03/19/2010 12:00AM

Lang was anything but undercover


ARCADIA, Calif. - There's a show knocking around on reality TV these days called "Undercover Boss," which puts a top executive in the trenches and behind the scenes of his or her own company, many times with enlightening results. Churchill Downs and its COO Bill Carstanjen were featured last week. The format can be entertaining - the show has been renewed - and the bosses have been good sports for giving it a shot.

Chick Lang, who died on Thursday, never would have been a candidate for an episode, though, since he was anything but undercover and was the kind of racetrack boss everybody knew by sight. Also, at one time or another, Lang had done most of their jobs for real. At minimum wage.

This in itself did not make Lang special. What he did with the experience, however, was carve out a unique place among racetrack operators, one that applied the lessons of the trenches to the executive suite. As general manager of Pimlico and Laurel, he was a tireless, cheerleading advocate, with an old-fashioned style based on loyalties and personal relationships, doing business and playing hardball politics in a tough town, where you've got to be able to hit the curve.

It is not customary for a former jockey's agent like Lang to become a racetrack general manager. This is not to disparage either profession, and when examined more closely there may be an overlap. Bill Thayer, Lang's close friend, also made the leap.

"When he had Bill Hartack and I had Johnny Adams, we rented a house near Washington Park, then we'd moved over near Arlington when that meet opened," Thayer said this week. "Who did the cooking? Nobody. We ate out."

Lang was 83, Thayer turns 84 on April 21.

"Later, when I became general manager of Arlington Park and Washington Park, Chick called me up and said, 'I want to give you some advice,' " Thayer went on. " 'Give the people what they want, take care of the horsemen and the public, and the rest of the pieces will fall into place.'

"I also learned from him, from when we were living together, don't ever take a nap during the day, because there will be days when you can't take that nap, and you're gonna feel like hell," Thayer added. "When he retired, they had a big party for him in Baltimore. People came from all over the country. Must have been 700 people there."

In the years following his retirement from the Maryland Jockey Club, Lang was still recognized as Mr. Preakness, wearing a fishing vest covered with press pins, steadfast as the man who refused to knuckle under to the dominant role of the Kentucky Derby. He held forth on a local radio show and continued to be a dedicated scout for young riding talent, the stars of the future. Lang also was instrumental in the promotion of the popular All-Star Jockeys event at Lone Star Park, featuring, not so coincidentally, many of the riders he had nurtured in their early Mid-Atlantic years.

"He'd spend every afternoon watching TVG and HRTV," Thayer said. "Toward the end, I think he finally gave up. But I talked to him the day before he died and he sounded great."

Thayer said Lang's wishes were to be cremated and his ashes spread at Pimlico. This makes sense, although there are any number of racetracks that should welcome such a dusting. And never mind the headstone. Chick Lang stories will keep his memory alive.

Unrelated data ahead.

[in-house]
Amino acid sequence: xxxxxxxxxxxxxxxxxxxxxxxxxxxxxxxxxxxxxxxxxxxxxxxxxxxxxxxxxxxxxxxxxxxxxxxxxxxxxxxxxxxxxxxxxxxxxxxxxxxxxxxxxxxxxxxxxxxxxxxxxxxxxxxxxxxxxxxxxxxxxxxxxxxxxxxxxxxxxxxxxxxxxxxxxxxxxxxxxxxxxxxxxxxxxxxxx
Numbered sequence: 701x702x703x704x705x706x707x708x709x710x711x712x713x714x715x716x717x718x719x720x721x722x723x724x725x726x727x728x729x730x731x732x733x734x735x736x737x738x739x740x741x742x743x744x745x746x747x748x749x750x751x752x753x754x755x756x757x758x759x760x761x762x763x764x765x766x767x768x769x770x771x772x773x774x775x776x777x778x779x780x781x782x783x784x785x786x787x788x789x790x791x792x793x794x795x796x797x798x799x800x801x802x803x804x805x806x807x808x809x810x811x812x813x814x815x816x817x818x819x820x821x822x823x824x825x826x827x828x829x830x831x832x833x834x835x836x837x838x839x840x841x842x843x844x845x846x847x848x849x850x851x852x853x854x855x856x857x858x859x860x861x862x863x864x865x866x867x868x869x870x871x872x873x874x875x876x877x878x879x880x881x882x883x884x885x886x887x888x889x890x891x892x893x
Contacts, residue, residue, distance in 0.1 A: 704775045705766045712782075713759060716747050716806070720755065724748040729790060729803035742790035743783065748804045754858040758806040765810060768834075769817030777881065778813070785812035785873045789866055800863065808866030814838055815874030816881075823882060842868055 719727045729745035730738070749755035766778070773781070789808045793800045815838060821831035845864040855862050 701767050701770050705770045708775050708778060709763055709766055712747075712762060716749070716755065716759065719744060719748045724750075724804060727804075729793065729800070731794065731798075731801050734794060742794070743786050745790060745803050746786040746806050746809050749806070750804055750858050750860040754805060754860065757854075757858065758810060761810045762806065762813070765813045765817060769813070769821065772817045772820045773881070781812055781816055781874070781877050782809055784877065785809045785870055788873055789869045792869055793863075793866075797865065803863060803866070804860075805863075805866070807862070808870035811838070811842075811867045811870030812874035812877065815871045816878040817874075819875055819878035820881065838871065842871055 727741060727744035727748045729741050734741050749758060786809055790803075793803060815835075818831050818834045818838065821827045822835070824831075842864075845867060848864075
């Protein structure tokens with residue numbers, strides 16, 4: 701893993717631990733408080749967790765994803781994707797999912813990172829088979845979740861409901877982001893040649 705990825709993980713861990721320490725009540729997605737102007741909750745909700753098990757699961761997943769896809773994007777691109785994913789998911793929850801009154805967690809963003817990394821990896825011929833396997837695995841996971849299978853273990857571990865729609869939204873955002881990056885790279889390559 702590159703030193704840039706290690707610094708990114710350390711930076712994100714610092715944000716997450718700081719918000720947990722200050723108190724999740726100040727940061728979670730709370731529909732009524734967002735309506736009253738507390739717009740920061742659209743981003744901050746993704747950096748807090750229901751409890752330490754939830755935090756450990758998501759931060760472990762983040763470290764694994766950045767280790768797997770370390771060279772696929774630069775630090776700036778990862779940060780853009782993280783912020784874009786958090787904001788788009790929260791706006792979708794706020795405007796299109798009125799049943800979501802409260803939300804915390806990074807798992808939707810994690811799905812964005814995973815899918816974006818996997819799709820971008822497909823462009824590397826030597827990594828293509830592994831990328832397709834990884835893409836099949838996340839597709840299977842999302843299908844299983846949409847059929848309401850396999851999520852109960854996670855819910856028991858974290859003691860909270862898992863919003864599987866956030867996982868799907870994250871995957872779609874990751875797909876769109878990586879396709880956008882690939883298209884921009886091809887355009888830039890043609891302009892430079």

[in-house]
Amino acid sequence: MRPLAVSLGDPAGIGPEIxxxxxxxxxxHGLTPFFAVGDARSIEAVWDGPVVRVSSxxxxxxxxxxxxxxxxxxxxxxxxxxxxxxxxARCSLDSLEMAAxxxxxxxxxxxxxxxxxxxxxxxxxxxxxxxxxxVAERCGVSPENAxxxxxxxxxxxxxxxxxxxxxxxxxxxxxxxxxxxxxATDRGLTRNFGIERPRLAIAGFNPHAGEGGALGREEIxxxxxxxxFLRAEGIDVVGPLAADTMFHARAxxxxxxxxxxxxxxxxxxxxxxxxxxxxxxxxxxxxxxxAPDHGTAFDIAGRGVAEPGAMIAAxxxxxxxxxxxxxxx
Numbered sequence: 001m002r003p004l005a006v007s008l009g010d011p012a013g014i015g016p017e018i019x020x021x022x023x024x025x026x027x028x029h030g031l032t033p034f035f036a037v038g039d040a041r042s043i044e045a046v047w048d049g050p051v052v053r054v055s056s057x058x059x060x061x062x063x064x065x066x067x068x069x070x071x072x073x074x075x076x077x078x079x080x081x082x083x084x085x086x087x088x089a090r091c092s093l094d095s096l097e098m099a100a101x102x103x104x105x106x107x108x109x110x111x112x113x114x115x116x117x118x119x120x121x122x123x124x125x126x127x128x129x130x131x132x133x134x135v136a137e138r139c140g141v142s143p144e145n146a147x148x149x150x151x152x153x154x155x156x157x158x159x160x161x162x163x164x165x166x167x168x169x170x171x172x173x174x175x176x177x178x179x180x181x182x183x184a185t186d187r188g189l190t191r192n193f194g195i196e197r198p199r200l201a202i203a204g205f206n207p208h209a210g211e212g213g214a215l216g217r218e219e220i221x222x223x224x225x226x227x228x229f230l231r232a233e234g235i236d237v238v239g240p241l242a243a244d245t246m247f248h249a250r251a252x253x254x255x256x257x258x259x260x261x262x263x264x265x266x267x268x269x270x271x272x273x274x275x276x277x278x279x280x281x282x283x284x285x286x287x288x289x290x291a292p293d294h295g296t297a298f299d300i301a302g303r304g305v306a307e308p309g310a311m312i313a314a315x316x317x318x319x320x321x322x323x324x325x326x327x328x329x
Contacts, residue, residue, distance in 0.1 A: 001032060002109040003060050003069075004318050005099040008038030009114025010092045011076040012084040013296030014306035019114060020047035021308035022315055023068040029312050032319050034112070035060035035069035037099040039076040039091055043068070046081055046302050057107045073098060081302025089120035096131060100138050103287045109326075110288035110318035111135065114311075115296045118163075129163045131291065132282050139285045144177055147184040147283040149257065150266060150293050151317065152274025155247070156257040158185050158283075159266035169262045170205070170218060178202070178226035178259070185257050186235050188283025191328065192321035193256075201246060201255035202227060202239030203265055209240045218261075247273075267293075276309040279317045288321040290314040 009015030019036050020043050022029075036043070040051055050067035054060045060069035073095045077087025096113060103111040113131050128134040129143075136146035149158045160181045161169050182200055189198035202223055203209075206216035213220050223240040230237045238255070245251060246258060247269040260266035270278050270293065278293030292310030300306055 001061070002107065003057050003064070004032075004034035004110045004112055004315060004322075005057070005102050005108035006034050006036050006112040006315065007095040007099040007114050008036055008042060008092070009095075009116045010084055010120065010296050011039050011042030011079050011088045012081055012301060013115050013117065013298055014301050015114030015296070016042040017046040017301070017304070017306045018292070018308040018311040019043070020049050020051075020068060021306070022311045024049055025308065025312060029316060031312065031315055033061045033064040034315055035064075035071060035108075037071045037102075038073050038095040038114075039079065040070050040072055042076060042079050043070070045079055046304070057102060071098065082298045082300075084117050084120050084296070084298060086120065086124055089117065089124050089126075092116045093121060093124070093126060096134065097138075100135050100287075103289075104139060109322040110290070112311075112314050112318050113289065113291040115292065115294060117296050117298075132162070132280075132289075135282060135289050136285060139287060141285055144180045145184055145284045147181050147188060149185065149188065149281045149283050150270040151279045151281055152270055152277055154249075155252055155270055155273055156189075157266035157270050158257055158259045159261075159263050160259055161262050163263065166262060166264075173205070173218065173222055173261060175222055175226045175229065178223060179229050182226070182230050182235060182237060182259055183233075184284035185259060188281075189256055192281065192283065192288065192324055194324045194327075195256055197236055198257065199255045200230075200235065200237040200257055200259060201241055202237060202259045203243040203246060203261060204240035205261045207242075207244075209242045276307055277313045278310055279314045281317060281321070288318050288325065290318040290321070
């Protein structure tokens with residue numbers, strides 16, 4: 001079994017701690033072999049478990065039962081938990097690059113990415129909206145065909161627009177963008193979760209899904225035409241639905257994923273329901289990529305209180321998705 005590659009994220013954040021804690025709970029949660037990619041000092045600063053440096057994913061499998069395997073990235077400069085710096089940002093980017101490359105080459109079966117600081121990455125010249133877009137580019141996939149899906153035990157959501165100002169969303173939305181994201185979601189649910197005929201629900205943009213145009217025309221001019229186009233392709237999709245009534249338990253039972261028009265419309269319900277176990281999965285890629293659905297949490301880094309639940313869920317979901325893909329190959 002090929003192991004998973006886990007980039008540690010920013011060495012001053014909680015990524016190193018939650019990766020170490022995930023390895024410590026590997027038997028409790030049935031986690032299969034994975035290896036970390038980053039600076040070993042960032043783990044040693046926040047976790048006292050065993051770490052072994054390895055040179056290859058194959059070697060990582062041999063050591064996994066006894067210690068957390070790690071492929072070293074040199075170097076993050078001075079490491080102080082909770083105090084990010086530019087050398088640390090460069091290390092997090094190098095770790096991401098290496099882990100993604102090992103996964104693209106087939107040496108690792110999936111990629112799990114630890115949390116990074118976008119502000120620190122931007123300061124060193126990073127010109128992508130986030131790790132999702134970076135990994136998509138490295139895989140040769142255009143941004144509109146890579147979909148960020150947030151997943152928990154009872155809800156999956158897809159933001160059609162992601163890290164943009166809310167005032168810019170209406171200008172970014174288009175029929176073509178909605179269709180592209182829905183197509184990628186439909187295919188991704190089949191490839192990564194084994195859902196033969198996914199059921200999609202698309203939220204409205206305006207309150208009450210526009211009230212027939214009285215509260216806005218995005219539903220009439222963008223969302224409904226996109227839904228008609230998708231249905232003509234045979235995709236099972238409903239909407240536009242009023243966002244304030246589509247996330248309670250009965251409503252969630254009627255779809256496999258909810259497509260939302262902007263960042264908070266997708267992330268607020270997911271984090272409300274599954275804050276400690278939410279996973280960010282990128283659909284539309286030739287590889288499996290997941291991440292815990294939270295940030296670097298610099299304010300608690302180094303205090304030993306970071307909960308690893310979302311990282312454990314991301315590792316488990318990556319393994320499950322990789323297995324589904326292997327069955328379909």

"Years ago, I was assistant trainer to Henry Forrest when he trained Tim Tam, and Chick had Hartack, who was riding first call for Calumet," Thayer said. "We had a 2-year-old filly named Quail Egg run at Keeneland. We're standing there watching the race and Chick says to me, 'That jock had her in everybody's pocket but yours. I want to ride her.' I told him we'd run her back at Churchill and he'd be on her.

"So I did and put Hartack on her in a race the week before Hartack was riding Tim Tam in the Derby," Thayer said. "What happens? She flips in the gate and breaks his leg, and Tim Tam wins, which could have been six Derbies for Hartack. Chick didn't hold it against me. But he never let me forget, either."

Owner, veteran Belles dies at 90

Anyone who wanted to save the 10 weeks required to view "The Pacific," HBO's saga of World War II, could have spent the afternoon at some point over the past 60 years or so with Harry Belles instead.

Belles was the father of Sandra Manzi and therefore father-in-law of the late Joe Manzi, trainer of 1982 champion 2-year-old Roving Boy, among many others. Belles also was a die-hard fan who loved the racing scene, so much that he stepped up as part owner of the colt Masterful Advocate, winner of the 1987 San Rafael Stakes and second that season in the Santa Anita Derby. Masterful Advocate took Belles and partners to the Kentucky Derby, where he finished 12th to Alysheba.

Such a defeat was not terribly upsetting to an old sailor who, during the Pacific campaign, had a piece of the battles of Guadalcanal, Okinawa, and Leyte Gulf. Belles would recall the odd war story with matter-of-fact detail, figuring that he wasn't doing anything millions of others weren't ask to do. It was just a job. A very hard job.

Belles was 90 when died on March 7, in Anderson, S.C., where he had resettled with his daughter. Befitting his status as a veteran, retiring with a rank of chief warrant officer, his ashes will be inurned at Arlington National Cemetery, just down the interstate from Pimlico.